ScottishPower hikes energy bills for second time
The energy giant said 900,000 customers on its default tariff (a third of its customer base) will see an average increase of 3.7% on dual fuel bills from 8 October.
For those who pay by direct debit, annual bills will rise from £1,211 to £1,257, but for those who pay by quarterly credit, they will see bills rise to £1,357 from £1,311.
This is the second time ScottishPower has hiked bills, after last raising them by an average of £63 in April this year.
It said the move comes as wholesale energy costs have risen by 23% for electricity and 25% for gas since April.
Neil Clitheroe, CEO retail, said: “We have seen significant increases in wholesale energy costs since April, and like others in the industry, this means that we need to increase our prices.
“More than two-thirds of our customers are on fixed price products or other tariffs not impacted by this price change. Those customers affected by the price change will be contacted and offered the opportunity to move to a fixed price tariff alternative and avoid this increase.”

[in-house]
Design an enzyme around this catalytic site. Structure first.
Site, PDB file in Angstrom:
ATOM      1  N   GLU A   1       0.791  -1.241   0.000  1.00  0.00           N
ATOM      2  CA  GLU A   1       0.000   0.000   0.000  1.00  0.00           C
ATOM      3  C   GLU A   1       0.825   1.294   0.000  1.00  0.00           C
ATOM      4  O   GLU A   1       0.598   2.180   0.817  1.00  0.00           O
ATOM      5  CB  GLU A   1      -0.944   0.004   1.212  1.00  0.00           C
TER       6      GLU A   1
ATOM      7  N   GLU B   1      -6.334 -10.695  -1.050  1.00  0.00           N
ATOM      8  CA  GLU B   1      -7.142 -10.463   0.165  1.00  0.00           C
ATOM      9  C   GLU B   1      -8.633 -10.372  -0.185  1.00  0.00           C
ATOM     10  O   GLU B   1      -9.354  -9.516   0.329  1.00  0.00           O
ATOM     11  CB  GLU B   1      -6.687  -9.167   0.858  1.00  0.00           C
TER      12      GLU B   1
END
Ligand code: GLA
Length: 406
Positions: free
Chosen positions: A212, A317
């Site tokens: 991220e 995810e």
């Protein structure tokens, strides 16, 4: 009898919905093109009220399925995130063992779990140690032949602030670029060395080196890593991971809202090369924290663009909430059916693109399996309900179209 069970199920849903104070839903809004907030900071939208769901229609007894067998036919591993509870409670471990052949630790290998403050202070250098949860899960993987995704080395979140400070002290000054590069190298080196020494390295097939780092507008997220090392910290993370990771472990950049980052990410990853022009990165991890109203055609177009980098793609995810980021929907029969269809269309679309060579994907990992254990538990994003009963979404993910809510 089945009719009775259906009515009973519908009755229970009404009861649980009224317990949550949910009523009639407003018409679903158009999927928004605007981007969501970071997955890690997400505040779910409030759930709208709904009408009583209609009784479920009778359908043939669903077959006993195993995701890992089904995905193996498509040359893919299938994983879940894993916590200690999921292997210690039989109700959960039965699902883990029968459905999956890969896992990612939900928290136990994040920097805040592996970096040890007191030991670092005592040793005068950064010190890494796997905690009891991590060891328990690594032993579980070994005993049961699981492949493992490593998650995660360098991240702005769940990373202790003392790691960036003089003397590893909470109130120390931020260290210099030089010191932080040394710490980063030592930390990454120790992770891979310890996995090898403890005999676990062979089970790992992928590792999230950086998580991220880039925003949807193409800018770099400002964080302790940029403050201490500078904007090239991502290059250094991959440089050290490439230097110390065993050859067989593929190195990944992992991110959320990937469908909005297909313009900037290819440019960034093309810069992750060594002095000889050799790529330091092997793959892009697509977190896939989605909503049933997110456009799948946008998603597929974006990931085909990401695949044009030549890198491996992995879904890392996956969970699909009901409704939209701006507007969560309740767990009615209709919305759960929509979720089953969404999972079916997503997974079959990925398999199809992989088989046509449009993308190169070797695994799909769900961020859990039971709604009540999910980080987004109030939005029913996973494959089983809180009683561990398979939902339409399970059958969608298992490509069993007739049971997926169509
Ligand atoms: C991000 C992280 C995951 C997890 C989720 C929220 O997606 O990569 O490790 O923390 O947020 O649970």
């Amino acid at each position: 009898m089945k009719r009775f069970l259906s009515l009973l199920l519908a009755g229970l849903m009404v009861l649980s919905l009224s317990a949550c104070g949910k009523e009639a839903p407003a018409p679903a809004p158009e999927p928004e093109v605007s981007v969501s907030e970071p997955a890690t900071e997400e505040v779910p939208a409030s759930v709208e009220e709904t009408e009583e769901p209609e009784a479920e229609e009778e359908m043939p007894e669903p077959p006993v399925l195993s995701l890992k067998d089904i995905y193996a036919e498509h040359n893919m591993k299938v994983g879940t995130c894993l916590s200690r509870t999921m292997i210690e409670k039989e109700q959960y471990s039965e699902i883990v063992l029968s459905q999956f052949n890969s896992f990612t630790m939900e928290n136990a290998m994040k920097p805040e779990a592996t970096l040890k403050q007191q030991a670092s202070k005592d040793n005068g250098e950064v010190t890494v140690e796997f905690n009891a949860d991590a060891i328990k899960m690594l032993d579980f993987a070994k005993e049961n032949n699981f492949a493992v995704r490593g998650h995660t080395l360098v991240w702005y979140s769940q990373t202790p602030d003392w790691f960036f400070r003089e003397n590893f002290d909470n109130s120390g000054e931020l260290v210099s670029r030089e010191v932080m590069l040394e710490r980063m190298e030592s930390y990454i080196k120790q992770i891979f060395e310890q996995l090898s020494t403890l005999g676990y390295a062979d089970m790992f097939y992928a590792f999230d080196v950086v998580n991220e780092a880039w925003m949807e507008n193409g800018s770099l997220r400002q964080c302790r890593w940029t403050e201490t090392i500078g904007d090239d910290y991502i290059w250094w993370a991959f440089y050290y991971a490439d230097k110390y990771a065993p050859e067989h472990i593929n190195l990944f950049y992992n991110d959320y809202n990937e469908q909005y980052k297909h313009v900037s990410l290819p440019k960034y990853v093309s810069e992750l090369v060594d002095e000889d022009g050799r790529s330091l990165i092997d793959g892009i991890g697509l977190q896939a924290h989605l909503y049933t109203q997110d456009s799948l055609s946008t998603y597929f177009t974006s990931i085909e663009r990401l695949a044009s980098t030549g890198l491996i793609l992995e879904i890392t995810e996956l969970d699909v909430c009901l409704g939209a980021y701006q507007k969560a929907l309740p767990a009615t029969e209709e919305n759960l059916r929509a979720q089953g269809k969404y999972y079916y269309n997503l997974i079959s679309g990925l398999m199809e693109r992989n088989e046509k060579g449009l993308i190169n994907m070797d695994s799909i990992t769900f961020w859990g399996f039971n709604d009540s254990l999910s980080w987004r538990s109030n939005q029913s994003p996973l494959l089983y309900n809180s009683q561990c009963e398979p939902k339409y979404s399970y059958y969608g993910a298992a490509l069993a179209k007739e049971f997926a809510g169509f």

‘Could get worse before it gets better’
Stephen Murray, energy expert at MoneySuperMarket, said this is the sixth month in a row when a ‘Big Six’ supplier has announced a price rise.
“Traditionally these rises were always bunched together at the beginning or end of the year, but the changing nature of the wholesale market means the price of energy is going up all the time and suppliers now feel the need to reflect this in their bills.
“With the energy price cap just around the corner, it could well get worse before it gets better for consumers. Ofgem recently gave a clear indication of increasing costs when it lifted the safeguard tariff by £47, so it’s inevitable that even after the price cap is introduced standard tariffs will still be among the most expensive and definitely higher than when the cap was first proposed by the government in May last year.”
Murray added that customers on a standard variable tariff should switch to save £250 annually.
“Don’t wait for prices to go up again – take action today,” he said.